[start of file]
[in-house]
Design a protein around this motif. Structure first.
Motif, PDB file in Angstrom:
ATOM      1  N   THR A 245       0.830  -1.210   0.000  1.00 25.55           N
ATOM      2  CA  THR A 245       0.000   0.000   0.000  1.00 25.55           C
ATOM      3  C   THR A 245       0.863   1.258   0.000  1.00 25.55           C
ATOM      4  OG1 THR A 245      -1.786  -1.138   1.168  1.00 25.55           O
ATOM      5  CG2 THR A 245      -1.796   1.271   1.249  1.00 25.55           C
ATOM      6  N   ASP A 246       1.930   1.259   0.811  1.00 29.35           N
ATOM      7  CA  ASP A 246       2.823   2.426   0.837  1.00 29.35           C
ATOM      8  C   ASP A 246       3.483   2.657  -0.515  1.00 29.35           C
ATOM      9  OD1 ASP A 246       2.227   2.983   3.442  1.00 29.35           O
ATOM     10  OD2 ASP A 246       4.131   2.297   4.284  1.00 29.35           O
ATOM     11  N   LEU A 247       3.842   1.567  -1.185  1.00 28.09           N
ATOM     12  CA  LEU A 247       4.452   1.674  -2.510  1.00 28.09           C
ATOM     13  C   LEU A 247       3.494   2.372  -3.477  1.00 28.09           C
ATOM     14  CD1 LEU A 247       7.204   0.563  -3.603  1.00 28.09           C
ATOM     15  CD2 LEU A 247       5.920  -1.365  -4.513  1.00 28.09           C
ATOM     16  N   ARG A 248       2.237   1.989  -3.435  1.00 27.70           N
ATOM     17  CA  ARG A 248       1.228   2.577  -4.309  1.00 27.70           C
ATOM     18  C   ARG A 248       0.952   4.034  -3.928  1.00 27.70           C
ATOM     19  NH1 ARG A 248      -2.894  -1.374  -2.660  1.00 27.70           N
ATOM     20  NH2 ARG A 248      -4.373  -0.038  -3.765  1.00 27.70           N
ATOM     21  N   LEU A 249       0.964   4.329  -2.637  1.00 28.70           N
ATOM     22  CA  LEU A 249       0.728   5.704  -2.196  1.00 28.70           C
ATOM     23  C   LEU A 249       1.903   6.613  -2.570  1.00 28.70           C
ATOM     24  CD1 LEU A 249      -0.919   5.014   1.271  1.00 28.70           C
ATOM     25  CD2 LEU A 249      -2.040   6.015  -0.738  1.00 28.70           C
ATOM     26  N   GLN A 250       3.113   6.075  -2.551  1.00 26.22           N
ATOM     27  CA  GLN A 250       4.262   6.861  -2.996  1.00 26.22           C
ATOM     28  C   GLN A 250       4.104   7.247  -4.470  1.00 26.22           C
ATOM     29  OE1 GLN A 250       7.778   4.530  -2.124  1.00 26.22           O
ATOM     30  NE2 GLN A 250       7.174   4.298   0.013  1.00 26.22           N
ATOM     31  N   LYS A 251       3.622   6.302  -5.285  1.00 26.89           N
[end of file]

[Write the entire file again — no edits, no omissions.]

[in-house]
Design a protein around this motif. Structure first.
Motif, PDB file in Angstrom:
ATOM      1  N   THR A 245       0.830  -1.210   0.000  1.00 25.55           N
ATOM      2  CA  THR A 245       0.000   0.000   0.000  1.00 25.55           C
ATOM      3  C   THR A 245       0.863   1.258   0.000  1.00 25.55           C
ATOM      4  OG1 THR A 245      -1.786  -1.138   1.168  1.00 25.55           O
ATOM      5  CG2 THR A 245      -1.796   1.271   1.249  1.00 25.55           C
ATOM      6  N   ASP A 246       1.930   1.259   0.811  1.00 29.35           N
ATOM      7  CA  ASP A 246       2.823   2.426   0.837  1.00 29.35           C
ATOM      8  C   ASP A 246       3.483   2.657  -0.515  1.00 29.35           C
ATOM      9  OD1 ASP A 246       2.227   2.983   3.442  1.00 29.35           O
ATOM     10  OD2 ASP A 246       4.131   2.297   4.284  1.00 29.35           O
ATOM     11  N   LEU A 247       3.842   1.567  -1.185  1.00 28.09           N
ATOM     12  CA  LEU A 247       4.452   1.674  -2.510  1.00 28.09           C
ATOM     13  C   LEU A 247       3.494   2.372  -3.477  1.00 28.09           C
ATOM     14  CD1 LEU A 247       7.204   0.563  -3.603  1.00 28.09           C
ATOM     15  CD2 LEU A 247       5.920  -1.365  -4.513  1.00 28.09           C
ATOM     16  N   ARG A 248       2.237   1.989  -3.435  1.00 27.70           N
ATOM     17  CA  ARG A 248       1.228   2.577  -4.309  1.00 27.70           C
ATOM     18  C   ARG A 248       0.952   4.034  -3.928  1.00 27.70           C
ATOM     19  NH1 ARG A 248      -2.894  -1.374  -2.660  1.00 27.70           N
ATOM     20  NH2 ARG A 248      -4.373  -0.038  -3.765  1.00 27.70           N
ATOM     21  N   LEU A 249       0.964   4.329  -2.637  1.00 28.70           N
ATOM     22  CA  LEU A 249       0.728   5.704  -2.196  1.00 28.70           C
ATOM     23  C   LEU A 249       1.903   6.613  -2.570  1.00 28.70           C
ATOM     24  CD1 LEU A 249      -0.919   5.014   1.271  1.00 28.70           C
ATOM     25  CD2 LEU A 249      -2.040   6.015  -0.738  1.00 28.70           C
ATOM     26  N   GLN A 250       3.113   6.075  -2.551  1.00 26.22           N
ATOM     27  CA  GLN A 250       4.262   6.861  -2.996  1.00 26.22           C
ATOM     28  C   GLN A 250       4.104   7.247  -4.470  1.00 26.22           C
ATOM     29  OE1 GLN A 250       7.778   4.530  -2.124  1.00 26.22           O
ATOM     30  NE2 GLN A 250       7.174   4.298   0.013  1.00 26.22           N
ATOM     31  N   LYS A 251       3.622   6.302  -5.285  1.00 26.89           N